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Hits And Misses: Tegan And Sara Steal Our Hearts, Chris Brown Raves To A Higher Plane, And More

Our critical roundtable disembowels the hits of today and tomorrow

Every week, MTV’s writers and critics assemble and weigh in on new hotness, chart trash, and glimmers of hope in the pop music landscape. This week’s roundtable includes David Turner, Molly Lambert, Hanif Willis-Abdurraqib, Meaghan Garvey, Doreen St. Félix, Carvell Wallace, Ira Madison III, Hazel Cills, Jessica Hopper, and Simon Vozick-Levinson.

Chris Brown and Benny Benassi, “Paradise”

Turner: Who is Benny Benassi? What is a Benny Benassi? How does a Benassi make music? Chris Brown is a known quantity. What he brings to EDM tracks is a known quantity. Even what he brings to Benny Benassi tracks is a known quantity. Yet after falling into “Paradise,” I’m left wandering among shots of women and of Chris Brown dancing. Who is our bearded producer that’s given life to such a wondrous tune?

Wallace: Maybe the impact of tech’s ascendency as a cultural force is that nerdy white guys are this season’s hottest hip-hop accessory. Also, this video is brutal, and I can’t figure out how we as a society have arrived at a place where we’re watching Chris Brown make “oh yeah” eyes at some Victoria’s Secret models inexplicably pouring sand all over each other’s butts and we’re not burning things to the ground in protest. At this point, he’s such a noxious figure that I have to believe that he’s only kept afloat by his partnership with tech-bro producers on slightly-better-than-meh EDM tracks like this one (i.e. tracks that hide the artist’s personality much more than R&B does). The alternative — that his fame is based on people genuinely liking him and rooting for him — is too depressing to consider. And finally, Chris Brown is the only black person in this video. Even in the party scenes. Is that weird for anyone else?

Madison III: Benny Benassi has remixed many of my favorite songs. His remix of Madonna's "Celebration" is a thing of beauty. Chris Brown can carry a tune, which is as much of a compliment he gets from me these days. I do prefer him on EDM tracks instead of his rambunctious hip-hop songs where he's talking about not trusting hos, but when he's like, "will you remember me," I'm kinda like, I'd love not to! I wish Trey Songz or Justin Bieber — lord, even G-Eazy — had done this.

Garvey: Chris Brown pulls off EDM frustratingly well, but the EDC day party aesthetics cannot fool me: This is not the “Where Are Ü Now” that summer 2016 so desperately needs.

Hopper: Like our friend Zayn suggests: It’s a paradise, and it's a war zone. This is the first time I have cared for a Benny Benassi song since “Satisfaction" — though, admittedly, I am not keeping the tightest tabs on him. As someone who habitually flipped the station when I would hear that trademark “C-Breeeezay” cameo herald at the top of a track — for all the imaginable reasons someone would not want to willingly regard Chris Brown — I decided to stare that aversion down here, consider the whole of Chris Brown and his music as best as I can. Like with his Deorro collab from last year, the wild dynamics of EDM at its corniest allow Brown’s voice to go from the bottom to the top of his range in the span of a chorus. The corn is pure. The chorus almost makes me forget about the travesty of “Back to Sleep.” ALMOST.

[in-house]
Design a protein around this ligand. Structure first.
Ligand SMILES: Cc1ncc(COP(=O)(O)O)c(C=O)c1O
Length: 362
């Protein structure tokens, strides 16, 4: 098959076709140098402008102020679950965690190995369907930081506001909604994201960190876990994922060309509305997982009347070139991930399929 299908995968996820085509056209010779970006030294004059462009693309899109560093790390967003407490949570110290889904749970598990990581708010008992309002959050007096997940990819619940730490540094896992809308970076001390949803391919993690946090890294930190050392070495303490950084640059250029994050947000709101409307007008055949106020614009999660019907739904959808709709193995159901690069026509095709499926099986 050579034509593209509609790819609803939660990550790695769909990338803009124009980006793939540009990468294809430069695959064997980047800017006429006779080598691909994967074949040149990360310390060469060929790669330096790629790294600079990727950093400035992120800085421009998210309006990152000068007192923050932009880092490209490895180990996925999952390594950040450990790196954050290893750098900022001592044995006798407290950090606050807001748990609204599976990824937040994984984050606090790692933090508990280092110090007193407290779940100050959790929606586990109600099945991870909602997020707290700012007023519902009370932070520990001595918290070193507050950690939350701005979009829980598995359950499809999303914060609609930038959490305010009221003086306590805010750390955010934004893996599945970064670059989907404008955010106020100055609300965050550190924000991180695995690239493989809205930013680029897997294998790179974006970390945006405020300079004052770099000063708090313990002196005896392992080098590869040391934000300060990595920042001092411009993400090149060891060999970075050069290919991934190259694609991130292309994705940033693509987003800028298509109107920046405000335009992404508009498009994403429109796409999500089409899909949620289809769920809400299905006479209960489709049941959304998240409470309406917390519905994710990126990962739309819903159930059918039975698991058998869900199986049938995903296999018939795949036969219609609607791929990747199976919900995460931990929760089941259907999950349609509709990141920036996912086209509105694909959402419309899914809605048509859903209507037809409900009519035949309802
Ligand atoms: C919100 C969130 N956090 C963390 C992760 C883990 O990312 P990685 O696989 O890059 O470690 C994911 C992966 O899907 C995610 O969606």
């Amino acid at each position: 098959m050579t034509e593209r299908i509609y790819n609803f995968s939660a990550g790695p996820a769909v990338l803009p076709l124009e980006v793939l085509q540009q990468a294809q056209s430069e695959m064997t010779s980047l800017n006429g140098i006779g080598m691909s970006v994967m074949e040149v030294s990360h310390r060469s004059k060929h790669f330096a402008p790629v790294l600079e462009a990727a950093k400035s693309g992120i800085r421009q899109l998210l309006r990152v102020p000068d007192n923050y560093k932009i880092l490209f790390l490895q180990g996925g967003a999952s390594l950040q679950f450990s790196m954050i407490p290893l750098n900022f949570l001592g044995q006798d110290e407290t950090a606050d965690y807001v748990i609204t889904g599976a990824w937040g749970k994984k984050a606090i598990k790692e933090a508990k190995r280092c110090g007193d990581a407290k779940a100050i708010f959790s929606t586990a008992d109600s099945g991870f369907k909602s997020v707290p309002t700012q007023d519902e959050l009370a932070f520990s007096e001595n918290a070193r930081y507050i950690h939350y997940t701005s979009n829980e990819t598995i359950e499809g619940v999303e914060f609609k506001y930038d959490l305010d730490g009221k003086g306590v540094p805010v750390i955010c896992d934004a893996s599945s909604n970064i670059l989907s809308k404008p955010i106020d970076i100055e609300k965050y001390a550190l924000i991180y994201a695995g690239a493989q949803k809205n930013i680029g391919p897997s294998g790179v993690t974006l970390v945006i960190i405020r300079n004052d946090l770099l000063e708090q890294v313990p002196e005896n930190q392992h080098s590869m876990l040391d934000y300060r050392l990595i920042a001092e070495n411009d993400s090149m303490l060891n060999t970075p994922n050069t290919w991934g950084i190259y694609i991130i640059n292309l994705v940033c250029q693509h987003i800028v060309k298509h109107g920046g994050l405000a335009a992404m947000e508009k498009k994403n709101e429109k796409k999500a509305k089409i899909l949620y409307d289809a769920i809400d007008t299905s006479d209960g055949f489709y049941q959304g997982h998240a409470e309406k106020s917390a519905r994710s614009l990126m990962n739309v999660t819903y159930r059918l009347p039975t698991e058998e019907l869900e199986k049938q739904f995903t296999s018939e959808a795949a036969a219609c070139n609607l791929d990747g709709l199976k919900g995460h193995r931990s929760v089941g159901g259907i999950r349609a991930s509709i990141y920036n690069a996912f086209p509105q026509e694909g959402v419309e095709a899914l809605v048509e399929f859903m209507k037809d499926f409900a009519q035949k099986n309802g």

Lambert: C’mon, you guys don’t remember Benny Benassi’s 2002 smash “Satisfaction,” with the leering video involving oiled, big breasted women operating power tools? I’ll be straight with you, I loved that song AND the sleazy video. It reminds me of an ancient time when popular DJs were people whose faces you didn’t necessarily know, who opted to fill their videos with hot people doing gimmicky things. I love Eurotrash! But this song is just plain old trash.

Cills: Echoing Ira and Carvell in that this song is listenable because of how absolutely anonymous Chris Brown sounds. And that works in his favor because we forget, well, that it’s him?

Tegan and Sara, “Boyfriend”

Wallace: Tegan and Sara tracks like “Closer” and “Fool for Love” make me tear up every time I actually sit and listen to them. They have this way of hitting the exact pitch that causes my whole self to vibrate sympathetically. It’s got something to do with those songs being about wanting. Longing. "Boyfriend" is also about wanting, but it feels less vulnerable and more strident. Less “I want this,” more “get your shit together.” It’s a deceptively aggressive hook masquerading as clothing-store pop. Tegan and Sara are the only people I know who can make powerful, meaningful, honest music that you still might hear while shopping for sunglasses and cheap rings.

Lambert: It’s not just because Tegan and Sara are twins that this reminds me of “Lies” by the Thompson Twins and other new wave synthpop jams.

St. Félix: It always feels like a relief and a revelation when a pop song goes past innuendo to bask in direct queerness. And not in a scintillating, silly "girl-crush" way like Demi Lovato's "Cool for the Summer." "Boyfriend" does this energetically, and without overt seriousness, even while thumbing the very real frustration of a woman falling in love with a woman who has loved a man.

Hopper: When Heartthrob came out, I was like, “The next record, they are going to be the American Robyn.” And lo, they are. Synthpop dynamism with humanity intact. You can tell they are incredible students of pop — that pre-chorus! — but they still absolutely sound like them. The through line is still there under the propulsion. Actual cool for the actual summer.

Bruce Springsteen and the E Street Band, "Purple Rain"